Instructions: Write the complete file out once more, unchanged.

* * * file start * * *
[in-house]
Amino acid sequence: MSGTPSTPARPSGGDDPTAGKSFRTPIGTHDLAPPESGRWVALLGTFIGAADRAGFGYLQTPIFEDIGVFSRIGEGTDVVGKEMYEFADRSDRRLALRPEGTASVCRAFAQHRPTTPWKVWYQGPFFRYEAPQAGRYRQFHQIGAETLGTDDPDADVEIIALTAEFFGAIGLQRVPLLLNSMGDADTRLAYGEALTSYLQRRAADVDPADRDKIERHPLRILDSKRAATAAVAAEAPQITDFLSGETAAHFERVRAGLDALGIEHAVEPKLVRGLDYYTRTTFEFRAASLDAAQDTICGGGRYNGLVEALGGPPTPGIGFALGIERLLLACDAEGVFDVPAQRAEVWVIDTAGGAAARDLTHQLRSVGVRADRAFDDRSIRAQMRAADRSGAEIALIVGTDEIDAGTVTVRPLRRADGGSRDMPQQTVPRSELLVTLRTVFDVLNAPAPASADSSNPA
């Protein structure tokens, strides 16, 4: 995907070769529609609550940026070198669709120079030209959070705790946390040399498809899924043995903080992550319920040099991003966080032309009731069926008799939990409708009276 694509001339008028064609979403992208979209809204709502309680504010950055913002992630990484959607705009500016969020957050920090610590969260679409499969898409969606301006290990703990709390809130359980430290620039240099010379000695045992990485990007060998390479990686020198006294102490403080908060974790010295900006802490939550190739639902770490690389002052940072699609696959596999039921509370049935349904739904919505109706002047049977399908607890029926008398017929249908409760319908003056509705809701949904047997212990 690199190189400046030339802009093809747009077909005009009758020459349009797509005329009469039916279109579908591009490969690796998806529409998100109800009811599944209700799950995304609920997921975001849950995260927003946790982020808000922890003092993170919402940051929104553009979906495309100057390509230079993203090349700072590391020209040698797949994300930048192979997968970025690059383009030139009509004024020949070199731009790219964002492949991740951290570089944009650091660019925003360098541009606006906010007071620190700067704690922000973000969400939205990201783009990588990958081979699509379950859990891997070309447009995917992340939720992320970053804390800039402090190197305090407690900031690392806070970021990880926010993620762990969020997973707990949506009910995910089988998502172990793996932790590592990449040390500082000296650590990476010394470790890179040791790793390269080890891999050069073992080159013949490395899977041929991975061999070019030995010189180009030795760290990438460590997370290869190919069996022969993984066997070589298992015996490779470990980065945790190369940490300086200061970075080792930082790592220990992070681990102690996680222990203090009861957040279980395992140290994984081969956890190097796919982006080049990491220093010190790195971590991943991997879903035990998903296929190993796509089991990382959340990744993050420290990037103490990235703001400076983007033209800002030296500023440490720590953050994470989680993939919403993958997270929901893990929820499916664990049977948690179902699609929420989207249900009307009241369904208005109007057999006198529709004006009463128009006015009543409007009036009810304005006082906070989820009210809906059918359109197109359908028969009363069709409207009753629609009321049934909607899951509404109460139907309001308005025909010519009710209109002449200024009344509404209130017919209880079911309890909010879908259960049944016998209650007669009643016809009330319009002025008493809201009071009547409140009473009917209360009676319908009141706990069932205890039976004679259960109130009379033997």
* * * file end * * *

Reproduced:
[in-house]
Amino acid sequence: MSGTPSTPARPSGGDDPTAGKSFRTPIGTHDLAPPESGRWVALLGTFIGAADRAGFGYLQTPIFEDIGVFSRIGEGTDVVGKEMYEFADRSDRRLALRPEGTASVCRAFAQHRPTTPWKVWYQGPFFRYEAPQAGRYRQFHQIGAETLGTDDPDADVEIIALTAEFFGAIGLQRVPLLLNSMGDADTRLAYGEALTSYLQRRAADVDPADRDKIERHPLRILDSKRAATAAVAAEAPQITDFLSGETAAHFERVRAGLDALGIEHAVEPKLVRGLDYYTRTTFEFRAASLDAAQDTICGGGRYNGLVEALGGPPTPGIGFALGIERLLLACDAEGVFDVPAQRAEVWVIDTAGGAAARDLTHQLRSVGVRADRAFDDRSIRAQMRAADRSGAEIALIVGTDEIDAGTVTVRPLRRADGGSRDMPQQTVPRSELLVTLRTVFDVLNAPAPASADSSNPA
């Protein structure tokens, strides 16, 4: 995907070769529609609550940026070198669709120079030209959070705790946390040399498809899924043995903080992550319920040099991003966080032309009731069926008799939990409708009276 694509001339008028064609979403992208979209809204709502309680504010950055913002992630990484959607705009500016969020957050920090610590969260679409499969898409969606301006290990703990709390809130359980430290620039240099010379000695045992990485990007060998390479990686020198006294102490403080908060974790010295900006802490939550190739639902770490690389002052940072699609696959596999039921509370049935349904739904919505109706002047049977399908607890029926008398017929249908409760319908003056509705809701949904047997212990 690199190189400046030339802009093809747009077909005009009758020459349009797509005329009469039916279109579908591009490969690796998806529409998100109800009811599944209700799950995304609920997921975001849950995260927003946790982020808000922890003092993170919402940051929104553009979906495309100057390509230079993203090349700072590391020209040698797949994300930048192979997968970025690059383009030139009509004024020949070199731009790219964002492949991740951290570089944009650091660019925003360098541009606006906010007071620190700067704690922000973000969400939205990201783009990588990958081979699509379950859990891997070309447009995917992340939720992320970053804390800039402090190197305090407690900031690392806070970021990880926010993620762990969020997973707990949506009910995910089988998502172990793996932790590592990449040390500082000296650590990476010394470790890179040791790793390269080890891999050069073992080159013949490395899977041929991975061999070019030995010189180009030795760290990438460590997370290869190919069996022969993984066997070589298992015996490779470990980065945790190369940490300086200061970075080792930082790592220990992070681990102690996680222990203090009861957040279980395992140290994984081969956890190097796919982006080049990491220093010190790195971590991943991997879903035990998903296929190993796509089991990382959340990744993050420290990037103490990235703001400076983007033209800002030296500023440490720590953050994470989680993939919403993958997270929901893990929820499916664990049977948690179902699609929420989207249900009307009241369904208005109007057999006198529709004006009463128009006015009543409007009036009810304005006082906070989820009210809906059918359109197109359908028969009363069709409207009753629609009321049934909607899951509404109460139907309001308005025909010519009710209109002449200024009344509404209130017919209880079911309890909010879908259960049944016998209650007669009643016809009330319009002025008493809201009071009547409140009473009917209360009676319908009141706990069932205890039976004679259960109130009379033997």